Mayo: You guys are roommates now too, so how much comfort is there knowing that — forget about breaking down at-bats and things like that — but just this process. It’s a long season. You’re trying to get to Detroit. I know both of you guys are competitive, you want to get there. Knowing that you guys are both going through it, almost step-by-step, at the same time. So, even just the difficulty and the grind of it, you know that there’s someone there who’s doing it with you.

Torkelson: No doubt, it’s definitely nice. You know this as well, it’s not on one guy. We come in, we like to share it and go out there compete and try to win baseball games. Off the field, we just hang out and be us.

Greene: It definitely makes me comfortable that I’m around Tork. We’re just going out there and having fun trying to win baseball games like he said.

Mayo: Is there a certain point where the spotlight of being a top pick — and even more so for you Spencer, because you were the number one overall guy — does that go away? And is it helped by the fact that now you’re just guys trying to make it to the big leagues?

Torkelson: Definitely, you know you kind of got to grind through it at first, because no one’s used to that type of spotlight. Once you get through that, and then having Riley being a top pick, it really helps out because we’re both in the same position.

Greene: I feel like we try not to think about it too much. We try to stay off Twitter and social media as much as we can, just don’t pay attention to that kind of stuff. We just try to focus on playing baseball and winning games.

Mayo: Talk a little bit about going to the Futures Game together. I saw you guys there. Spencer, I will always thank you for helping me win the Home Run Derby contest against [Jim] Callis. Riley, you told me you were a singles hitter at the time, I just want to remind you that. Have you been able to look back at that, another thing that you guys were able to do together?

Torkelson: Really fun experience. I’ve never been to Denver in the summertime and it was beautiful. They did it right, that whole event. It was obviously great going with Riley, but it was awesome meeting the other prospects that we’re going to be playing with and against for a long time.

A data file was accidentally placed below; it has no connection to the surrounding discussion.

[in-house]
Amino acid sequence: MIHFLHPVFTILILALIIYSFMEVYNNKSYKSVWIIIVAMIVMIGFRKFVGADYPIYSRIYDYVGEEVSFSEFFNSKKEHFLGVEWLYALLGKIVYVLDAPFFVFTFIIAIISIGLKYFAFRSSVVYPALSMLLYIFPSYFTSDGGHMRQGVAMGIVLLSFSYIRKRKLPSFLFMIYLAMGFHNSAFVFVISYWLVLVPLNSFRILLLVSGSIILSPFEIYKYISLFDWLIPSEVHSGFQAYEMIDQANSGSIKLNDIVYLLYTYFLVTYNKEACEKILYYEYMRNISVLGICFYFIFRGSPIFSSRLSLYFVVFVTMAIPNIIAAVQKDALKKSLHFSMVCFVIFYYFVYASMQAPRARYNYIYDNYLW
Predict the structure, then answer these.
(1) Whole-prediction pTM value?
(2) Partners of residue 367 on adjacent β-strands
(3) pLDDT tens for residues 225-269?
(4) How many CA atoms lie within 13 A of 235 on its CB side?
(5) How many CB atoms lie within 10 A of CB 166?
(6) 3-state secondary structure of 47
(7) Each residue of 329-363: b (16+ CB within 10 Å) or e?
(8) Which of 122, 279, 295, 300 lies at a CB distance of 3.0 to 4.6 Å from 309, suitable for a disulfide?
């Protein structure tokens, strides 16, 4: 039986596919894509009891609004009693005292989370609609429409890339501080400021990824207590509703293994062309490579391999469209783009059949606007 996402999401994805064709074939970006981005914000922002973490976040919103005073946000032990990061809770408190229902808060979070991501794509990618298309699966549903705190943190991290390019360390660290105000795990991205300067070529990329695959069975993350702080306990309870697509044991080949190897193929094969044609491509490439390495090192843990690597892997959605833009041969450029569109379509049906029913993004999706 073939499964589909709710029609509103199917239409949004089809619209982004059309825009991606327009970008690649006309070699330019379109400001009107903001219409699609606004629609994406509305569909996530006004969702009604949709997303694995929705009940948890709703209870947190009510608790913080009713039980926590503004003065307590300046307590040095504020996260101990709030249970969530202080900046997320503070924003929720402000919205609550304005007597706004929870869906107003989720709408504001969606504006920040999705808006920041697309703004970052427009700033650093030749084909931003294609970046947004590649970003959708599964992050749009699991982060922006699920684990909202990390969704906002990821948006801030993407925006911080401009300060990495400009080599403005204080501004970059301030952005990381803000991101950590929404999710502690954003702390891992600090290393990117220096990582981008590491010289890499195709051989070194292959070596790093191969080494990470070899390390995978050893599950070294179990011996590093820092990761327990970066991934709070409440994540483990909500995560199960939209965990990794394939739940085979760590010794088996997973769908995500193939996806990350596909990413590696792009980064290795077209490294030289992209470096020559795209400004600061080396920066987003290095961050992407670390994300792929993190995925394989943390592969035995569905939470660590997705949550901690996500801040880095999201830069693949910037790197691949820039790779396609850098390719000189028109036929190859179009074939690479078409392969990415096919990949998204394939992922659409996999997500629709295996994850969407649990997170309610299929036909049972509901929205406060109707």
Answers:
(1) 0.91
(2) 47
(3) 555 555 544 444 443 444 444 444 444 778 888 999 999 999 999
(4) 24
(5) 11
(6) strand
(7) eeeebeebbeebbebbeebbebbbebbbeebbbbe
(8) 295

Greene: Same as Tork said, just being able to be there on that field, playing against the best of the best. Being there with Tork, just having fun. That stadium was incredible, hitting BP there was awesome.

Mayo: I know that we rode you a little bit for your mustache during the fall. Riley clearly has superior facial hair game. Riley, is there any advice you can give Spencer to help him out?

Greene: I would say keep the ‘stache. I mean, shoot, I love it.

Torkelson: The ‘stache had hits in it.

Greene: If it has hits, I’ll do a ‘stache too.

Torkelson: I’ll be ugly for hits.

Mayo: Austin Wells said the same exact thing yesterday.

Torkelson: His ‘stache is good.

Mayo: He’s got a legit ‘stache. Alright, imagine for a second that you guys aren’t baseball players. What would the two of you want to be doing? I would assume it would be together at this point.

Greene: I’d probably be a lifeguard or a firefighter or something.

Torkelson: We were shagging BP the other day and I was like, “If I didn’t play baseball, I think I’d be a firefighter.” Just because I feel like you’re always with the team. It’s a team thing and when you’re not on call, you’re just hanging out with the boys and that’s what we like to do.

Mayo: There are some similarities there, that’s a good point. Which one of you gets to Detroit first?

Torkelson: I don’t know, not going to say that. We’re going to work as hard as we can, we’ll see what happens.

Mayo: What would it be like if say the stars align and you guys get called up together?

Torkelson: It’d be awesome. It’d be really fun to share that with Riley and I’m sure it’d take some pressure off the both of us.

Greene: That’d be the greatest thing. Just being able to go up with him and play our first game together.